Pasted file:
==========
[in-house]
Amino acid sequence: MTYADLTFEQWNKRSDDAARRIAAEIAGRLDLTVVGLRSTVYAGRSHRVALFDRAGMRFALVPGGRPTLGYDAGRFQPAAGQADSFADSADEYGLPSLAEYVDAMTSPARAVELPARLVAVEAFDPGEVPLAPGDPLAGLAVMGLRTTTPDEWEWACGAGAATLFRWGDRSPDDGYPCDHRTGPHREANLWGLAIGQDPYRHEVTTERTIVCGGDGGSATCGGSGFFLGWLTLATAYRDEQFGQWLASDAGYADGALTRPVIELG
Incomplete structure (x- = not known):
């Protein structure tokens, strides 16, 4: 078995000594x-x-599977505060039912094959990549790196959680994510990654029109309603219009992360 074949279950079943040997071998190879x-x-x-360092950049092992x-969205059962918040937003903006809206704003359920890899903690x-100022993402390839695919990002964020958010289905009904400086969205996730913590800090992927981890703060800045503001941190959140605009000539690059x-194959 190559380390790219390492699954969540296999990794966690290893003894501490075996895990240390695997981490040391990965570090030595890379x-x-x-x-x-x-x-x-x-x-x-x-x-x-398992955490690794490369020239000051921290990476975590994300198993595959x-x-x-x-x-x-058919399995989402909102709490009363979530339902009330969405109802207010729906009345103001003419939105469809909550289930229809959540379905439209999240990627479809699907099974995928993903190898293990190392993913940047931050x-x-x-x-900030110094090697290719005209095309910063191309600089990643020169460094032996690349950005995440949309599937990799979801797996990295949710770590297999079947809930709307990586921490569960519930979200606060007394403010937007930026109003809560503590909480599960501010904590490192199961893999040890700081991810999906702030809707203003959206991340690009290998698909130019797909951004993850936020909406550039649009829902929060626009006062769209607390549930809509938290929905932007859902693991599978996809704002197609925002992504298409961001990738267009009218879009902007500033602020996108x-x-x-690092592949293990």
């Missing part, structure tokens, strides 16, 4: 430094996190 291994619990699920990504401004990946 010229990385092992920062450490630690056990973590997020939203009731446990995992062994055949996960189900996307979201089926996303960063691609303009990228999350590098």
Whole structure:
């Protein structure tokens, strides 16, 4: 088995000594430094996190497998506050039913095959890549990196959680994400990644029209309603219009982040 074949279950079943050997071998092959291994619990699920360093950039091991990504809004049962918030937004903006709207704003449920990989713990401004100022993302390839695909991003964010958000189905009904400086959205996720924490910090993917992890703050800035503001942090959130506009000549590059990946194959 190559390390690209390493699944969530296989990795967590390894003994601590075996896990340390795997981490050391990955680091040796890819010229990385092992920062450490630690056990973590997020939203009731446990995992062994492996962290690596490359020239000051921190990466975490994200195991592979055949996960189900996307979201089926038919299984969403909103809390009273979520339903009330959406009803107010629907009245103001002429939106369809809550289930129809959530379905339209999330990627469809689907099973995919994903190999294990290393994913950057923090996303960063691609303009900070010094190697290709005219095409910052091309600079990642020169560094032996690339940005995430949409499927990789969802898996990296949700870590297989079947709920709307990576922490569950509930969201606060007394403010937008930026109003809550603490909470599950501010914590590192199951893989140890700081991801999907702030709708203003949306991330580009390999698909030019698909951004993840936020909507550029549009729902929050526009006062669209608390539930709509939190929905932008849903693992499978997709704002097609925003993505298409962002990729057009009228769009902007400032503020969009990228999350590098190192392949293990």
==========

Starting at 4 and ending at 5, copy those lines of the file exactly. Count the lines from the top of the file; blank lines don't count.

């Protein structure tokens, strides 16, 4: 078995000594x-x-599977505060039912094959990549790196959680994510990654029109309603219009992360 074949279950079943040997071998190879x-x-x-360092950049092992x-969205059962918040937003903006809206704003359920890899903690x-100022993402390839695919990002964020958010289905009904400086969205996730913590800090992927981890703060800045503001941190959140605009000539690059x-194959 190559380390790219390492699954969540296999990794966690290893003894501490075996895990240390695997981490040391990965570090030595890379x-x-x-x-x-x-x-x-x-x-x-x-x-x-398992955490690794490369020239000051921290990476975590994300198993595959x-x-x-x-x-x-058919399995989402909102709490009363979530339902009330969405109802207010729906009345103001003419939105469809909550289930229809959540379905439209999240990627479809699907099974995928993903190898293990190392993913940047931050x-x-x-x-900030110094090697290719005209095309910063191309600089990643020169460094032996690349950005995440949309599937990799979801797996990295949710770590297999079947809930709307990586921490569960519930979200606060007394403010937007930026109003809560503590909480599960501010904590490192199961893999040890700081991810999906702030809707203003959206991340690009290998698909130019797909951004993850936020909406550039649009829902929060626009006062769209607390549930809509938290929905932007859902693991599978996809704002197609925002992504298409961001990738267009009218879009902007500033602020996108x-x-x-690092592949293990």
């Missing part, structure tokens, strides 16, 4: 430094996190 291994619990699920990504401004990946 010229990385092992920062450490630690056990973590997020939203009731446990995992062994055949996960189900996307979201089926996303960063691609303009990228999350590098």